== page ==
It’s been two years since we began following the end of the space shuttle program. On September 18, 2010, we published a piece about I Dream of Jeannie. We hadn’t yet visited Cocoa Beach, the Space Coast town where Jeannie and astronaut Anthony Nelson lived in that television series. We hadn’t yet been to Dryden Flight Research Center (DFRC) and seen the façade of the building used for Tony Nelson’s NASA office building.
By the end of October two years ago, we were on our way to Florida in hopes of seeing Discovery launch. We talked with Apollo astronauts and shuttle astronauts and saw the story of space exploration as it was told by Kennedy Space Center (KSC). We didn’t see a space shuttle launch that year. Discovery’s launch was delayed by months, and our work schedules prevented us from returning for that orbiter’s last mission. That trip changed our lives, reoriented us in our understanding of ourselves and our sense of our place in history.
We returned to the Space Coast to see Endeavour launch. That took two tries. We had seen Endeavour at Edwards Air Force Base two years before that, in 2008, just a few months after we’d relocated to California. Endeavour seemed like “our” orbiter. Witnessing that launch was like nothing we had ever experienced before. When we returned to KSC for the last launch of Atlantis—the last-ever shuttle launch—Stephanie Stilson gave us a tour of Endeavour in the Orbiter Processing Facility.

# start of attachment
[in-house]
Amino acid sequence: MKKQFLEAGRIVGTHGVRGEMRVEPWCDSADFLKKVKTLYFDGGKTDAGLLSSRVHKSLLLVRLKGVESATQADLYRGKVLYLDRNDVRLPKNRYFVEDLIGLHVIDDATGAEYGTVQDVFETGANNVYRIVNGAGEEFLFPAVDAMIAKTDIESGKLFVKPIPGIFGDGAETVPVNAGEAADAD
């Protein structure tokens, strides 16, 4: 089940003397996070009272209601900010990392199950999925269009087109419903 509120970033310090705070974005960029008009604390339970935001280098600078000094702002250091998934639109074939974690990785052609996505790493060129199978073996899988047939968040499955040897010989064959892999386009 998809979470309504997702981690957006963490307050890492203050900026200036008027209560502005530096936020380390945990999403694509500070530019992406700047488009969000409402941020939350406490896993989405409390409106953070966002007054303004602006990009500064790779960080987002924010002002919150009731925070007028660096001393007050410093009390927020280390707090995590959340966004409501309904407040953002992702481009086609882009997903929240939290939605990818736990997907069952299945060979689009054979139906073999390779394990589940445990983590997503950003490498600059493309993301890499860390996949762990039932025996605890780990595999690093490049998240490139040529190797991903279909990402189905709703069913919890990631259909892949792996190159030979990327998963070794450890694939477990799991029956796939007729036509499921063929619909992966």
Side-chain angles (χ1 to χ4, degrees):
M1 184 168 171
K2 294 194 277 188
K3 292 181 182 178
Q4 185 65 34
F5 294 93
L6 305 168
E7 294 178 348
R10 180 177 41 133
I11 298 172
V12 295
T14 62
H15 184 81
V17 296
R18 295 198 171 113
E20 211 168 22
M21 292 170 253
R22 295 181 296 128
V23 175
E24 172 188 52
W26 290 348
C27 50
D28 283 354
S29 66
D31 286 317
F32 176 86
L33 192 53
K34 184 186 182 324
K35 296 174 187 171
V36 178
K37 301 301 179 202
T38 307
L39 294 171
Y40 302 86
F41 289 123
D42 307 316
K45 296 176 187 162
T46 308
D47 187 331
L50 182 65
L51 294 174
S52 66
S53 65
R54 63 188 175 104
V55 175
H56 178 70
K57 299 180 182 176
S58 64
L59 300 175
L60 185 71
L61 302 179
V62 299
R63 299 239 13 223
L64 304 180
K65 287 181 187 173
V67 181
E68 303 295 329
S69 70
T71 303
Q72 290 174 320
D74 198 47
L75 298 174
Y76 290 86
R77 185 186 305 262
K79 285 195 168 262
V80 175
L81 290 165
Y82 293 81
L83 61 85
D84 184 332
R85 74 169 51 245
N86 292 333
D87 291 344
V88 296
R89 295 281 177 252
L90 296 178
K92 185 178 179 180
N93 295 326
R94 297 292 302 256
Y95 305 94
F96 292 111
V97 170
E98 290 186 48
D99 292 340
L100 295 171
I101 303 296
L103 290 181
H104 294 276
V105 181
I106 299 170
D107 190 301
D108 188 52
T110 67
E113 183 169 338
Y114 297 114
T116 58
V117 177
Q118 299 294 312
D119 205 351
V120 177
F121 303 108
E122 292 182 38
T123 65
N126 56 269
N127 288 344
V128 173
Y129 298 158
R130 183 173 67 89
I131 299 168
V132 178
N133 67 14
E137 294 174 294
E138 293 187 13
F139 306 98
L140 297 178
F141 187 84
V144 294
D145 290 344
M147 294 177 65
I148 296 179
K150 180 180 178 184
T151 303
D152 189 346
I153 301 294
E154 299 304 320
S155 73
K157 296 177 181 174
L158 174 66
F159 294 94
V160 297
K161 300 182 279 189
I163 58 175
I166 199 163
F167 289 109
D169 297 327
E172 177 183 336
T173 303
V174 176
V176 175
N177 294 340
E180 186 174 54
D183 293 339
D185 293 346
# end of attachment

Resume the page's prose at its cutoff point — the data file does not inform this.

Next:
So we are following Endeavour all the way home to California. We attended the title transfer at the California Science Center, and we’ve spent the last couple of weeks with Endeavour, first for its takeoff from KSC and then for its landing at DFRC. We got up close to the Shuttle Carrier Aircraft with the orbiter mated atop and walked around the odd configuration. Then, we saw Endeavour’s final takeoff.
Admittedly, we didn’t rush to LAX to see its last landing. Sure, the inevitable traffic put us off, and we didn’t have time to grab our press credentials before their early cutoff. We were exhausted from lack of sleep to get to the runway early. Days of adrenaline rushes take their toll. Mostly, though, when we saw the takeoff on September 21, 2012, we wanted to hold that memory a while. We wanted Endeavour to remain aloft in our minds for just a few weeks longer.
In October, we’ll follow Endeavour to its museum home. We’re not sure how, but we’ll be there for what’s being billed as quite a party. And we may well go back to the Space Coast to see Atlantis move over to the KSC Visitor Complex. But for now, we picture Endeavour, aloft and banking slightly, soaring westward.
Part 1: Title for Title
Part 2: I Remember Mike Moses
Part 3: Orbiter Transfer Plans
Part 5: Background of Endeavour
Part 6: Endeavour Mating (Photos)
Part 7: Endeavour Delay & KSC Tour
Part 12: The Family Photos
Part 14: Recap, Thus Far (this post!)
Video Interview: Jeffrey Rudolph, Head of the California Science Center